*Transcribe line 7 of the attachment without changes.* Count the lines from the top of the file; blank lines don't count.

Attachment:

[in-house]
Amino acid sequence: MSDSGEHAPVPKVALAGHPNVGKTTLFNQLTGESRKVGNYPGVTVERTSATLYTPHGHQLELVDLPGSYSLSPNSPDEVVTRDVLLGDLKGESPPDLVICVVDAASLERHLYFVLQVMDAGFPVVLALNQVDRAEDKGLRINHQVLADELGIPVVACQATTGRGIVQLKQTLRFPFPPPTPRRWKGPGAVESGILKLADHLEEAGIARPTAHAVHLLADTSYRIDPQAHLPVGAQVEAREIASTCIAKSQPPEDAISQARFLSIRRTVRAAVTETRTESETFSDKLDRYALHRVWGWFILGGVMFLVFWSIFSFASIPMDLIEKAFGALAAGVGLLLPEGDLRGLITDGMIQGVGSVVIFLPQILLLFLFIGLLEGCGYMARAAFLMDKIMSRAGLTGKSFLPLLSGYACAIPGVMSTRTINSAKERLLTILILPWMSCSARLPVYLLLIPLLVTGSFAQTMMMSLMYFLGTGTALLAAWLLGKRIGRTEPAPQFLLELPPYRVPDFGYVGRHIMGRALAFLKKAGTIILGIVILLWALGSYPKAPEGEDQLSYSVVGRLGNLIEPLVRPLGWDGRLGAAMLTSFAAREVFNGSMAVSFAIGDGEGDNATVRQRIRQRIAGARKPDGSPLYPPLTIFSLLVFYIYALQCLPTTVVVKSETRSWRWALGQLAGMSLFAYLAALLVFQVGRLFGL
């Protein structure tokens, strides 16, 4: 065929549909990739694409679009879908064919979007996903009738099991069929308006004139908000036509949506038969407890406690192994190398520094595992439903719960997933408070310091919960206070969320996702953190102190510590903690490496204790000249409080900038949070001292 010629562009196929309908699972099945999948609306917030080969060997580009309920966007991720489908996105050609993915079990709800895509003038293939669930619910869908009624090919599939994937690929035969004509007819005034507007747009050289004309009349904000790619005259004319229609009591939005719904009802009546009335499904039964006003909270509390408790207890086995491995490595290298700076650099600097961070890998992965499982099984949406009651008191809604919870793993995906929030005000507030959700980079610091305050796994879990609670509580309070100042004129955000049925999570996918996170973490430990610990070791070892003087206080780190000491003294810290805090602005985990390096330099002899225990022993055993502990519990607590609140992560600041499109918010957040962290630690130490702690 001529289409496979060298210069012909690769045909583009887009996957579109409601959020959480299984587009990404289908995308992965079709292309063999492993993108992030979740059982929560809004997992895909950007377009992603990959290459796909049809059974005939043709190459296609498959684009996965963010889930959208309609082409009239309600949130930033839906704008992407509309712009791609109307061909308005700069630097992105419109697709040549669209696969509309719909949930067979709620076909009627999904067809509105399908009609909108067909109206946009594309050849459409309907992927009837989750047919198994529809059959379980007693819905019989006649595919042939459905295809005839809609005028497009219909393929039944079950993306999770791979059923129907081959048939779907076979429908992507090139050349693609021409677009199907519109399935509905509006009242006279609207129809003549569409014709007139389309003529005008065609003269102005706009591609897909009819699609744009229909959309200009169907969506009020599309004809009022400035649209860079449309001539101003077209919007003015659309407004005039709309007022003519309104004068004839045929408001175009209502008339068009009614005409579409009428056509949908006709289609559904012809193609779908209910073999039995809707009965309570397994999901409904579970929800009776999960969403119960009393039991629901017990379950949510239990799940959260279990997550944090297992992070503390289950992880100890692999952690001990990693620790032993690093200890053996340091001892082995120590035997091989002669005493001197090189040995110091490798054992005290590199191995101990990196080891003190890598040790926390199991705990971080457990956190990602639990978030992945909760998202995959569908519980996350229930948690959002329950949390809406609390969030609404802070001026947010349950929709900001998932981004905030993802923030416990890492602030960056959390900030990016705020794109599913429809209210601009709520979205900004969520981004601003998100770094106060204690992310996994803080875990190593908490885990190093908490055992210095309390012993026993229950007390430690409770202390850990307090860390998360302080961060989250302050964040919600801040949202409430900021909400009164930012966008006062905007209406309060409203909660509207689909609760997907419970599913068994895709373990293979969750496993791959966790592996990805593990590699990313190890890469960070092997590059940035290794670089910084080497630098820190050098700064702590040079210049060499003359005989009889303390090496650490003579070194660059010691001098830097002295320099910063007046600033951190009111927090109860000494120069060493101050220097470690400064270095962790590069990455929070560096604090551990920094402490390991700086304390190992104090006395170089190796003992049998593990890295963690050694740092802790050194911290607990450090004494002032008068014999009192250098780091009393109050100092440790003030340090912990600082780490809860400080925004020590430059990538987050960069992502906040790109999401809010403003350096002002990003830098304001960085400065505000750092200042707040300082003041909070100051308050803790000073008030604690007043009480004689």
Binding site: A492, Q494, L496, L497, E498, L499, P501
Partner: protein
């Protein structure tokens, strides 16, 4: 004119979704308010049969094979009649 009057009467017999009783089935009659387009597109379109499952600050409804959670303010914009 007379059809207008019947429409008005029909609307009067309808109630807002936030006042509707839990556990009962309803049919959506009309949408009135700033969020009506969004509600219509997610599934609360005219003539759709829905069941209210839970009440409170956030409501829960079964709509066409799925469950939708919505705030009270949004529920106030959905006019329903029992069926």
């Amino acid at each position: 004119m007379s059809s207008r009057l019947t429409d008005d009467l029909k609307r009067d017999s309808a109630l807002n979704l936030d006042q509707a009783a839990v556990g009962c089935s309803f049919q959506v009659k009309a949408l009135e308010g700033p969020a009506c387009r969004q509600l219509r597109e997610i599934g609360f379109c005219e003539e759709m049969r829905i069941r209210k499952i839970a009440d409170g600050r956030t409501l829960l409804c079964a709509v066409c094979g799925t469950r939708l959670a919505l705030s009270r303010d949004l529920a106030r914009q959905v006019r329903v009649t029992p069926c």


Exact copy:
């Amino acid at each position: 004119m007379s059809s207008r009057l019947t429409d008005d009467l029909k609307r009067d017999s309808a109630l807002n979704l936030d006042q509707a009783a839990v556990g009962c089935s309803f049919q959506v009659k009309a949408l009135e308010g700033p969020a009506c387009r969004q509600l219509r597109e997610i599934g609360f379109c005219e003539e759709m049969r829905i069941r209210k499952i839970a009440d409170g600050r956030t409501l829960l409804c079964a709509v066409c094979g799925t469950r939708l959670a919505l705030s009270r303010d949004l529920a106030r914009q959905v006019r329903v009649t029992p069926c």